Liberty and Its Conceptions


A. Introduction

Liberty is usually defined as the obscene of coercion or constraint in the full existence of choice and activity. According to Mainland, Liberty is the absence of external restraints of human action which are themselves result of human action.

Liberty is a value in itself. It is a primary attribute of human life because it is only through provision of liberty that human personality can growth develop, self-direction becomes possible.

It is however, necessary to remember that liberty is a social conception. We don’t talk about the liberty of animal. Also no one can enjoy liberty without society. But, liberty of human actors cannot be absolute because it has to be enjoyed in the context of society.

Liberty of some depends on the restraint of others. Therefore, some sort of regulation and restriction of freedom are arranged in all society. Usually, it is the Government of the society who imposes the restriction. To avoid a misuse of their authority, it can be arranged by making the Government democratic.

John Stuart Mill, in his great work, “On Liberty”, was the first to recognize the different between Liberty as the freedom of action and liberty as the absence of coercion.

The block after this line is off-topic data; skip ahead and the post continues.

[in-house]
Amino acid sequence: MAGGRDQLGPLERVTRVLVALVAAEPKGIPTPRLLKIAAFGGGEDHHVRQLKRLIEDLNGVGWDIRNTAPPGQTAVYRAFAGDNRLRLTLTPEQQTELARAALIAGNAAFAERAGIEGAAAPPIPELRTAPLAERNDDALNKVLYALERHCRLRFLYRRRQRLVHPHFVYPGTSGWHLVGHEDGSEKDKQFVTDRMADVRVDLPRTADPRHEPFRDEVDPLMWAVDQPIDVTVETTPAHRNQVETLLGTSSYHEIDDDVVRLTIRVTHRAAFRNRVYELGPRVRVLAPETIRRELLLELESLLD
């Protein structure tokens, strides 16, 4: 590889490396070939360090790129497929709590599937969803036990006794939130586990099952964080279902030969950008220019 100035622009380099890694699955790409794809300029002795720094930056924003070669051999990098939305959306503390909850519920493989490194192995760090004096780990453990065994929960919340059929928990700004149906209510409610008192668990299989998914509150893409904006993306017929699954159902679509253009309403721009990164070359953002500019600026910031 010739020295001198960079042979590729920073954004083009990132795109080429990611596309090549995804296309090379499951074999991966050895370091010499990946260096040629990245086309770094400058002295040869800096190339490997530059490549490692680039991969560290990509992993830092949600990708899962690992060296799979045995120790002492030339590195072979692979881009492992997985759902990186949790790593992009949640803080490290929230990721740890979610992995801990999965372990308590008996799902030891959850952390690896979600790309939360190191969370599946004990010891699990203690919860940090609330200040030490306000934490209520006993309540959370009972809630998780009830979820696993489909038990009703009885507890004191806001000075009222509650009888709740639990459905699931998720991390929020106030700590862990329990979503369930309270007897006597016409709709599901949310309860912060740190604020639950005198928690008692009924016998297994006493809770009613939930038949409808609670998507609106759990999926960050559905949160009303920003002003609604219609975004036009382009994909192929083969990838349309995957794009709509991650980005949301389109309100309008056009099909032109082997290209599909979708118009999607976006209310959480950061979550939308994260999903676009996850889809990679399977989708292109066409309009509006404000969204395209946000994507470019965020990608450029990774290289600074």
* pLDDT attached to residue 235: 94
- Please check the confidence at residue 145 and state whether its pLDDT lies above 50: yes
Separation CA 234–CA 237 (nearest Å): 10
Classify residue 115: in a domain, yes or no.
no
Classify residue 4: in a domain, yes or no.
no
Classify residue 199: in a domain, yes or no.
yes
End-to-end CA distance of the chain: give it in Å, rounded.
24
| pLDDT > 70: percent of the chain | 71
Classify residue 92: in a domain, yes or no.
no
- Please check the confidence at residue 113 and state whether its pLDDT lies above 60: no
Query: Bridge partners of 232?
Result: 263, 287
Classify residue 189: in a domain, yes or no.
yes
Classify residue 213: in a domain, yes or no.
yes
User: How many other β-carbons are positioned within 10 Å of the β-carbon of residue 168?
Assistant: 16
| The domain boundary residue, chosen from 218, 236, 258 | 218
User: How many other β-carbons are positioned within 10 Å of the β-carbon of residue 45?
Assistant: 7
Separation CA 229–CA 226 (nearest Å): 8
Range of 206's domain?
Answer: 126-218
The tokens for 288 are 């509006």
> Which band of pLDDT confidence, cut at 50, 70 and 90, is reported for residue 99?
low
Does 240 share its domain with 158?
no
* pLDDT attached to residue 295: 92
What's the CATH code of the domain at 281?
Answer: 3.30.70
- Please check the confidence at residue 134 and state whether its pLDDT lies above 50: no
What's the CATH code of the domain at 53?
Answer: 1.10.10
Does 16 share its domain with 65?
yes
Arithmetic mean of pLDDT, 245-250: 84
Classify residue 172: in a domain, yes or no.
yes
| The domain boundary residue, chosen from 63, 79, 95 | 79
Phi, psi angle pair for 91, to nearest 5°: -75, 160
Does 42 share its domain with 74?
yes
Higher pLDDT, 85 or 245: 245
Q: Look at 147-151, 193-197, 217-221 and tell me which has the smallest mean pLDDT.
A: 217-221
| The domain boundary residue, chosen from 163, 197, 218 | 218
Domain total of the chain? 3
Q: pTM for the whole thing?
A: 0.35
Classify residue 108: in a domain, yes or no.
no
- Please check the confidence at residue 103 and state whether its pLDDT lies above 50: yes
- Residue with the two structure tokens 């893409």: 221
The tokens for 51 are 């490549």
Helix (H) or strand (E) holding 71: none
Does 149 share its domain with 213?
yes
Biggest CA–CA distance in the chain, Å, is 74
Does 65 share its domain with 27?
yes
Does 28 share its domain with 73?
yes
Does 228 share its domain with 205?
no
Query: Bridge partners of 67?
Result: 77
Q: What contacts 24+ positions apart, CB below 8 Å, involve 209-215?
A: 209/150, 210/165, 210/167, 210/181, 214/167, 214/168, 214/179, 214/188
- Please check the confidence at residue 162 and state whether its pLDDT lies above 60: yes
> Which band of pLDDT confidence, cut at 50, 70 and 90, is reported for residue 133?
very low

Similarly, in his book, “Two Concepts of Liberty”, Isiah Berlin formally formed the different between these two perspective as a distinguish between two conception of liberty, namely “Positive Liberty” and “Negative Liberty”.

B. Two Concepts of Liberty

1. Negative Liberty

The negative sense is involved to answers the question, “What is the area within the subject or a group person is or should be left to do or be what he is able to do or be without interfere by others?”.

Isiah Berlin called it as “the area within which man can act unobstructed by others”. According to F.A. Hayek, Liberty implies that “the individual has assured private sphere that there are some set circumstance in his environment within which alters cannot interfere”.

John Stuart Mill saw it as “a circle around every individual human being” or “reserved territory”. In this tradition, the negative liberty is upheld against the two minds of interference, namely: (a) Interference by State; and (b) Interference by Individual.

The notion of negative liberty being associated most strongly with the classical “British Political Philosopher”, like Locke, Hobbes and Smith.


It is said that negative liberty is a counterpart ideological of market society. The market is sphere in Capitalist society where goods and services are exchanged by agents who are in unequal possession of it.

To consider negative liberty as substantial of a liberty today, it would serve only for a small fraction of dominant class worldwide. It has become a clock for corporate and empire free enterprise.

2. Positive Liberty

The positive sense of Liberty involves to answer the question, “What and who is the source of control or interference that can determined someone to do or be one thing rather than another?”